How To Fix Wi-Fi Not Working After Windows Update

Fix Wi Fi WindowsFix Wi Fi Windows

Running an operating system like Windows 10 or 11 without allowing any system updates can be quite detrimental to your system’s security. As the update introduces new fixes to some of the operating system’s security loopholes with every subsequent update.

Plus, most Windows update also brings with them a set of new features that might improve the performance of the system.

However, updating Windows can have its own fair share of complications as well. The most common among them is the system not being able to connect to the internet or the wi-fi not working after installing an update.

Every problem though has its own fix, especially when it comes to computers. And in this article, we’ll be going through all the reasons why a Windows update could cause wi-fi issues in addition to providing you with fixes to all of them.

Each fix is explained step by step in great detail and will hopefully allow you to get back to doing your everyday work and return your system to its previous glory.

How Windows Update causes Wi-Fi Issues

Wi-Fi Driver Compatibility Issue

One of the most common reasons for internet connectivity t start failing is driver issues. To be more exact, a Windows update could result in the new build of Windows not supporting the installed wireless driver.

This then results in your system not being able to connect to the WIFI at all as the operating system is not compatible with the wi-fi driver installed. Updating your wi-fi drivers is the only fix in this case.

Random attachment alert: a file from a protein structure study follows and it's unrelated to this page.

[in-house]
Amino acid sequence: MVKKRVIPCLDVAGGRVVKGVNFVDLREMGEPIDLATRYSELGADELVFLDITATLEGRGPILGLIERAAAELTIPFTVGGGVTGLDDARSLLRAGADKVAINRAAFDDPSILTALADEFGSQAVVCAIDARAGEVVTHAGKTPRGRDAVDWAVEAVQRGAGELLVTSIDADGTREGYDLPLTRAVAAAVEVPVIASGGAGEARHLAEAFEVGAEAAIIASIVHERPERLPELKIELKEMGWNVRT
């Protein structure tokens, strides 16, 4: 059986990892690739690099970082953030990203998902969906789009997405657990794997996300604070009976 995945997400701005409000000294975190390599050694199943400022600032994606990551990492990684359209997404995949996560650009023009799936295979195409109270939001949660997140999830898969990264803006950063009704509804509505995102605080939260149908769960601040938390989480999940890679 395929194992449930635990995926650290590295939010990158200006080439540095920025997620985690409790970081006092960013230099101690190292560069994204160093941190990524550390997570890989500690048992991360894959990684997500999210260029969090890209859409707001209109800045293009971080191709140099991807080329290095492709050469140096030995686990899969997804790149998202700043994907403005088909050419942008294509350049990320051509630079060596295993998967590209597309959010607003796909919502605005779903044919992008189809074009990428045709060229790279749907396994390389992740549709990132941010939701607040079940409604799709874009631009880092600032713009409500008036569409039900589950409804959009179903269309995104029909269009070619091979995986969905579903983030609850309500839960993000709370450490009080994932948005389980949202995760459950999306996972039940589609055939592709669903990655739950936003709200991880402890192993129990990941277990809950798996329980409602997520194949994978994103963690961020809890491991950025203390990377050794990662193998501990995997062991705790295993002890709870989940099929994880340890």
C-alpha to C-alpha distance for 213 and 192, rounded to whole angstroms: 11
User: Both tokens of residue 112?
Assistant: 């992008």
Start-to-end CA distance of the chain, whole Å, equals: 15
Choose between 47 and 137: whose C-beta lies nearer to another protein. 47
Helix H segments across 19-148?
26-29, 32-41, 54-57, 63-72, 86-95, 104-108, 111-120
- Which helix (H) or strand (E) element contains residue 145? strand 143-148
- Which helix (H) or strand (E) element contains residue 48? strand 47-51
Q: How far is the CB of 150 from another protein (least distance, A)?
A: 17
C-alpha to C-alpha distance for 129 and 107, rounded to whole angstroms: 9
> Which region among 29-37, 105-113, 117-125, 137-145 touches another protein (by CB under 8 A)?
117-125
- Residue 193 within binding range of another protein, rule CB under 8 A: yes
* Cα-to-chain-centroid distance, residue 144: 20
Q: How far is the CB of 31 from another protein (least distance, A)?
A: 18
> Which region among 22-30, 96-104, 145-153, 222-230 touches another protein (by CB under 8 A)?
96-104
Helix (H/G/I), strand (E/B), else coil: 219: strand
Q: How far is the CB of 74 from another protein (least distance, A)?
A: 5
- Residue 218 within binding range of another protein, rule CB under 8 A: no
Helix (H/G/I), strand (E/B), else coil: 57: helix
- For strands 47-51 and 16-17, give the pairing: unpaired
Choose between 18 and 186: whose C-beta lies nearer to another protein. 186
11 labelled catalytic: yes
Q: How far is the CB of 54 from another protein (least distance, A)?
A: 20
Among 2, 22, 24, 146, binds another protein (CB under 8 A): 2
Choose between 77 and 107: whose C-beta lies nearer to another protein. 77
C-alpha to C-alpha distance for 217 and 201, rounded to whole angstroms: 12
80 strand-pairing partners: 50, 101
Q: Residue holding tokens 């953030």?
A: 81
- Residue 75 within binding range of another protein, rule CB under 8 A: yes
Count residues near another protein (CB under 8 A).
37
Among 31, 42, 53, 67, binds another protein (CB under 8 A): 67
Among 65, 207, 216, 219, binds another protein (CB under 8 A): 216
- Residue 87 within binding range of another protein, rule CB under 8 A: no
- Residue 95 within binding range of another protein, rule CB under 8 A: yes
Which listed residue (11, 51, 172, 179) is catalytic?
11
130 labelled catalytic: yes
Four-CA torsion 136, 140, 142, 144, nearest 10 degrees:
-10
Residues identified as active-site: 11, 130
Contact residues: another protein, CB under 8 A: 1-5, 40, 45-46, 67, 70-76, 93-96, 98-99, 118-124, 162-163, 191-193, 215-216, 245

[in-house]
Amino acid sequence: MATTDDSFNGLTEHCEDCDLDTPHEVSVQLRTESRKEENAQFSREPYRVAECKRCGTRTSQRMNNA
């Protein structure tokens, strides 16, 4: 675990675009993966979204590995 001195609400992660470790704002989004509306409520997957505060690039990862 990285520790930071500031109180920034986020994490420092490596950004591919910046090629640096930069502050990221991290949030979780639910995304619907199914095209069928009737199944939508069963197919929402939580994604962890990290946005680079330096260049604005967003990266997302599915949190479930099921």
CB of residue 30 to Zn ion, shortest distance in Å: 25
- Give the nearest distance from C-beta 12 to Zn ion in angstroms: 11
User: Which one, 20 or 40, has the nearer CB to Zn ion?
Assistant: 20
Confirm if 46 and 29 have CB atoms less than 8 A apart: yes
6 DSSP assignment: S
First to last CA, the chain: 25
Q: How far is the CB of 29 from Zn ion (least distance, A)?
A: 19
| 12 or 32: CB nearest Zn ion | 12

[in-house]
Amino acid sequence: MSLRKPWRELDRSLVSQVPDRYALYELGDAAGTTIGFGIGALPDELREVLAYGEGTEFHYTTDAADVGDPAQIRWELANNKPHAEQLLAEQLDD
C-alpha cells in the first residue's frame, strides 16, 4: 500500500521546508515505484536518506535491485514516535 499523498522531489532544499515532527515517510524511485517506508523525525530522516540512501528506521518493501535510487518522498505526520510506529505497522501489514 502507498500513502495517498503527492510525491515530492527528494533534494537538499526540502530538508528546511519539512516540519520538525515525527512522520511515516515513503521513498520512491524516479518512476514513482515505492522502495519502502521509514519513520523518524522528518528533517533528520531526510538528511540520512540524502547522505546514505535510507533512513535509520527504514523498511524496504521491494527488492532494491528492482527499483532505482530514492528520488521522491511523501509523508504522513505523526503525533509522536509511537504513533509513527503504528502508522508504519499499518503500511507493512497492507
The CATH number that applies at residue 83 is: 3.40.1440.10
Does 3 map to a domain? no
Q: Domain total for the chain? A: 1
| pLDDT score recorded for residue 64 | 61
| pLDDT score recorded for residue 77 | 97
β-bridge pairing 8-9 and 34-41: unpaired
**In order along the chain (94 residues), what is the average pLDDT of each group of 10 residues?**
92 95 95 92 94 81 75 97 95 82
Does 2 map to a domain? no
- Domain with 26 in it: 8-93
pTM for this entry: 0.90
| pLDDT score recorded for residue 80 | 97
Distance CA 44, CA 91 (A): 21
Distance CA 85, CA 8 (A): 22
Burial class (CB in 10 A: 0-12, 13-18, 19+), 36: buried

Conflicts with Antivirus or Firewall

In more recent years, we’ve noticed that more and more people have started to opt for third-party antivirus software instead of relying on Windows’ own security system (Windows Security) and the firewall.

Now, even though we admit that this can provide your system with an additional layer of security, it does have its own set of cons. The biggest of them is that they can cause issues or conflicts when your Windows updates.

In most cases, these complications directly result in a disruption of your wi-fi settings. Which in turn can cause you to lose your connection to the internet until you temporarily disable the security software. In some extreme cases, an update can even clash with the firewall of the system itself.

Which again, could cause wi-fi connection issues. In this case, you’d have to temporarily disable the firewall itself to once again establish your wi-fi connection.

Reset Wi-Fi Settings Completely

Something that’s slightly less plausible when it comes to you experiencing wi-fi issues after a Windows update is the update changing or resetting your wireless connectivity settings completely.

However, it is still possible and thus deserves a mention on this list. To put it simply, a Windows update could change some of your device’s wi-fi settings, resulting in the system not being able to connect to the internet until those changes are reverted.

Wi-Fi Issue Errors and Prompts

No Internet, Secured

The first way to detect if your system is going through WIFI issues is to click on the wi-fi icon in the Quick Access menu on the taskbar and check if the system is still connected to the wireless router.

This is also when you may see the “No internet, secured” messages pop up in front of you.

The explanation for this message is pretty simple. It’s simply stating that your device is connected to a wireless router/access point, but cannot access the internet.

Limited Connectivity

In some extreme cases, you may get hit with the “limited connectivity” message when you open your wi-fi settings. This message also signifies that your system is experiencing issues connecting to the wi-fi.

To be more specific, it indicates that your device is only able to access a limited number of network resources.